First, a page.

The world’s current energy systems have been built around the many advantages of fossil fuels, and we now depend overwhelmingly upon them. Concerns that supplies will ‘run out’ in the short-to-medium term have probably been exaggerated, thanks to the continued discovery of new reserves and the application of increasingly advanced exploration technologies. Nevertheless it remains the case that fossil fuel reserves are ultimately finite. In the long term they will eventually become deplet
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2.2 Economic valuation: towards ecological economics

The blue whale could have supplied indefinitely a sustainable yield of 6000 individuals a year.

This is one of the earliest references to sustainability in the literature, taken from the 1971 edition of the science journal Nature (cited in Senge et al., 2006, p. 45). Here, the blue whale is given instrumental value – a means of measuring not the survival of the blue whale for its intrinsic v
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7.4 Closing thoughts

Of course, doing anything about this needs scientific evidence and understanding, but it also requires social, economic and technological changes, which can only be achieved through political will. If you want to explore some of the broader context, a good place to start would be the New Internationalist issue 357, ‘The Big Switch: Climate Change Solutions’ at New Internationalist.

Faced with the sort of predictions climatologists are making, is it sufficient for science teac
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5.6 Land and water pollution

In this section we will just take a couple of examples that show how easy it is to expose ourselves to long-term damage inadvertently. Pesticides, developed to control insects and other vermin, can increase agricultural productivity. Although pesticides were originally hailed as one of the wonders of modern technology, it was quite quickly discovered that there was a downside to their widespread use. One problem was that of bioaccumulation. Pesticides tended to be stable chemicals and
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2 Altering the environment

Later in this unit we will be considering a number of ways in which humans alter their environment.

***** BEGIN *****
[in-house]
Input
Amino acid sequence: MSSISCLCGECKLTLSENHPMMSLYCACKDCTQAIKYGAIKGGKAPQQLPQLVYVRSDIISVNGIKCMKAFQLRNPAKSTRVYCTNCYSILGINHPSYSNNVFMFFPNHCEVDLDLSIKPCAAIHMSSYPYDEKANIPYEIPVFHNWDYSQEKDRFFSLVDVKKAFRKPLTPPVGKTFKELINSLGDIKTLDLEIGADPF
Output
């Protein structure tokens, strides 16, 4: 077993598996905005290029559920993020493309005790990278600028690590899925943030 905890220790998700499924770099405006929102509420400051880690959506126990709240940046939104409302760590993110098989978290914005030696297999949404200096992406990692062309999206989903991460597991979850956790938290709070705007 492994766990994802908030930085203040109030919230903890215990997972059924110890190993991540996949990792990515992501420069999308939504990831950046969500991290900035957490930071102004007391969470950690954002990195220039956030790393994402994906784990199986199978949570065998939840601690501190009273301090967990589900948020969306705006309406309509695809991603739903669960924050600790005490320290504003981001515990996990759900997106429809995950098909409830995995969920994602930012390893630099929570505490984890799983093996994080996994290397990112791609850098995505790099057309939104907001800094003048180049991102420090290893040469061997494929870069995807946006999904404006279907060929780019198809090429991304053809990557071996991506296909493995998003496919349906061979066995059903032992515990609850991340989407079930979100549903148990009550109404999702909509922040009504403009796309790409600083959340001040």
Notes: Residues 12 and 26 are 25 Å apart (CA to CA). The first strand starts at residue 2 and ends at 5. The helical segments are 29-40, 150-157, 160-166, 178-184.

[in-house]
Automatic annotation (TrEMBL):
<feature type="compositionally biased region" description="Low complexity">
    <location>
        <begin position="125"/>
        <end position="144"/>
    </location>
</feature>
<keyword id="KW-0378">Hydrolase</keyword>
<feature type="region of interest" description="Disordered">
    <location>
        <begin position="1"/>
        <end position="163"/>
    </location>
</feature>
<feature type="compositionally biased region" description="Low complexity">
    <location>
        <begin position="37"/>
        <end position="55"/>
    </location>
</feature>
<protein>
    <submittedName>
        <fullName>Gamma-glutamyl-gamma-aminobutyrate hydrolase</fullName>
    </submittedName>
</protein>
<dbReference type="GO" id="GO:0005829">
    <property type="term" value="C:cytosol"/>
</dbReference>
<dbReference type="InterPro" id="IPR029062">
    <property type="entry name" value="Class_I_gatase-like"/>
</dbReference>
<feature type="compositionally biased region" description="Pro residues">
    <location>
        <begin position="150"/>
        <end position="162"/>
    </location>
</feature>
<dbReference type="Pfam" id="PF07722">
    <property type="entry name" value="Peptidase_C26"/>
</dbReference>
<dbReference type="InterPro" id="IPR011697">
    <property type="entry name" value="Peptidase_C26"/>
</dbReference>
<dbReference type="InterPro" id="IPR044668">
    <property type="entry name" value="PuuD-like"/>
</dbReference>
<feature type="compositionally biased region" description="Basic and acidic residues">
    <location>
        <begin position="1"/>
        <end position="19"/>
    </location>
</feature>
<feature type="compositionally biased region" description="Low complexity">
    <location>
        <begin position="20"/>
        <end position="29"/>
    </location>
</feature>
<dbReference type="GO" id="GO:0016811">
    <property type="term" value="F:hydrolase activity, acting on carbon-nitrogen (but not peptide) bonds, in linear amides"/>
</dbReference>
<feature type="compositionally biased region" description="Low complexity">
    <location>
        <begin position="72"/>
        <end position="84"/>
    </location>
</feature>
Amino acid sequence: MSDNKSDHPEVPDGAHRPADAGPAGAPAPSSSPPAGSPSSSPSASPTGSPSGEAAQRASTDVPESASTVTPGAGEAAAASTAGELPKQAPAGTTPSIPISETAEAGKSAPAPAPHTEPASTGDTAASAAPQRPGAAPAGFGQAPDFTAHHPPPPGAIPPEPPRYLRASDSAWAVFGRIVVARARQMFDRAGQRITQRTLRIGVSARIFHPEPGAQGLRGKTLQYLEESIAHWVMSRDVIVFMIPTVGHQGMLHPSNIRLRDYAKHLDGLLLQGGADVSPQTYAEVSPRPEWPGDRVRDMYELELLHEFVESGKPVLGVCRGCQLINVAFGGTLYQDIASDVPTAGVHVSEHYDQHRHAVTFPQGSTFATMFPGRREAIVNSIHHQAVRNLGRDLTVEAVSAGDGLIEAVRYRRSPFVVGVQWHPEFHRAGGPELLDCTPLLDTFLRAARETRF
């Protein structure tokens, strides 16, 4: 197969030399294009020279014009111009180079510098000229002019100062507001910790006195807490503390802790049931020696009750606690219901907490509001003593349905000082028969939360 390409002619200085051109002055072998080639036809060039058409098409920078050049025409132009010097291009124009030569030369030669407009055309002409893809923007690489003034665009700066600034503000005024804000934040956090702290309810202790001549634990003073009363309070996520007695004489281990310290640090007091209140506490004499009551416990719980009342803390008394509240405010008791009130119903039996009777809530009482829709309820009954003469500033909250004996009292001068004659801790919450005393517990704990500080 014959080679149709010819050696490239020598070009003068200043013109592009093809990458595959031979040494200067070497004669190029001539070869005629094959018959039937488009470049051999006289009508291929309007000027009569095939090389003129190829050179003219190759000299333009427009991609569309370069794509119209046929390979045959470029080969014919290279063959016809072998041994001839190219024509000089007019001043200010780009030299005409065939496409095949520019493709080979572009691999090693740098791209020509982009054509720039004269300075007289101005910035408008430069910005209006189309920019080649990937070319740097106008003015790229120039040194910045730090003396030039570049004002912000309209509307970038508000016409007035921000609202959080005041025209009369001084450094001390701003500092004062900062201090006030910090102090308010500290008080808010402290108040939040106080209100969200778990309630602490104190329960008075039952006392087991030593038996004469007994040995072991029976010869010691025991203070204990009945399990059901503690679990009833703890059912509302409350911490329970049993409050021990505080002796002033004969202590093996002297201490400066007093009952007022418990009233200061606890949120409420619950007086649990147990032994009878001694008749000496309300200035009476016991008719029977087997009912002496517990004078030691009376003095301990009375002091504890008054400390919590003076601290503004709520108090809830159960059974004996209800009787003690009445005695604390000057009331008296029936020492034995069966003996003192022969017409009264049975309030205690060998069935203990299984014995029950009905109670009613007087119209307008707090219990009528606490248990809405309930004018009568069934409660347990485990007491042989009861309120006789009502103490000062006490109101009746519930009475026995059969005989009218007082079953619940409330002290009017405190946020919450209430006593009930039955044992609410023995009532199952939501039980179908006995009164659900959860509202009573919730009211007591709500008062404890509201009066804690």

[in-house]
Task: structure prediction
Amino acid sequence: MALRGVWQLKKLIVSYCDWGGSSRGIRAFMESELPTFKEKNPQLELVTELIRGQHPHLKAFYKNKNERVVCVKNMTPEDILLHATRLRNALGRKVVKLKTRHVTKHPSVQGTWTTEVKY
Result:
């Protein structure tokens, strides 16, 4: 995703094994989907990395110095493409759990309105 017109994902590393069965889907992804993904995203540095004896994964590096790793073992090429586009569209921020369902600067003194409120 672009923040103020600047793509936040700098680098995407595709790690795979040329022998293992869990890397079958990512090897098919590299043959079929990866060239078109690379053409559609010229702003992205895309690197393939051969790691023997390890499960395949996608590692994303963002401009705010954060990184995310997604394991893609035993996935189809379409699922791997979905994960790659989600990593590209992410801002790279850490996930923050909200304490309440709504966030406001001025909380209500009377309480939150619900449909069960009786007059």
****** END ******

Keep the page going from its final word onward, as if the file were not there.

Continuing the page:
Question 3

In what ways do you think we are altering the environment?

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Acknowledgements

The content acknowledged below is Proprietary (see terms and conditions). This content is made available under a Creative Commons Attribution-NonCommercial-ShareAlike 2.0 Licence

Grateful acknowledgement is made to the following sources for permission to reproduce material in this text.

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Glossary

Glossary itemDefinition
atomthe smallest amount of a chemical element that still retains the properties of that element.
biodiversitya contraction of ‘biological diversity’, in general it describes the variety of life on Earth and specifically the total sum of the genes, species, ha
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6.4.1 The dual nature of technology

Exercise 5

List the main advantages to you of using a refrigerator in your home, then list some of the potential environmental hazards that using a fridge might entail.

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5.3 Settlement, deforestation and endangered species

Box 4: Some indicators of New Zealand's environment*

The proportion of New Zealand converted to farmland is large by world standards (52 percent compared to the world's 37 percent in 1993). Although our human population density is comparatively low (13 people for each square kilometre (km2
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3.2 The agreement to protect the ozone layer

After a decade of controversy about the possible effects of CFCs, in 1985 British scientists discovered over the Antarctic a quite unexpected ‘hole’ in the ozone layer which was the size of the USA. This helped to galvanise the international community into action (though some who took part in the negotiations claim it played little part). By 1987 the first international agreement to control substances damaging to the ozone layer, the Montreal Protocol, was established. Interestingl
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1 Introductory advice

There are two ways to approach this Introduction. The first is the more natural one: to read it straight through to get a general feel for its style and content, and to see whether you are going to find the unit and the issues it raises interesting; in short, to get an overview. There is nothing wrong with this at all.

You will find as you read through it, though, that the Introduction covers a wide range of topics. In part this is because the unit authors takes a broad vi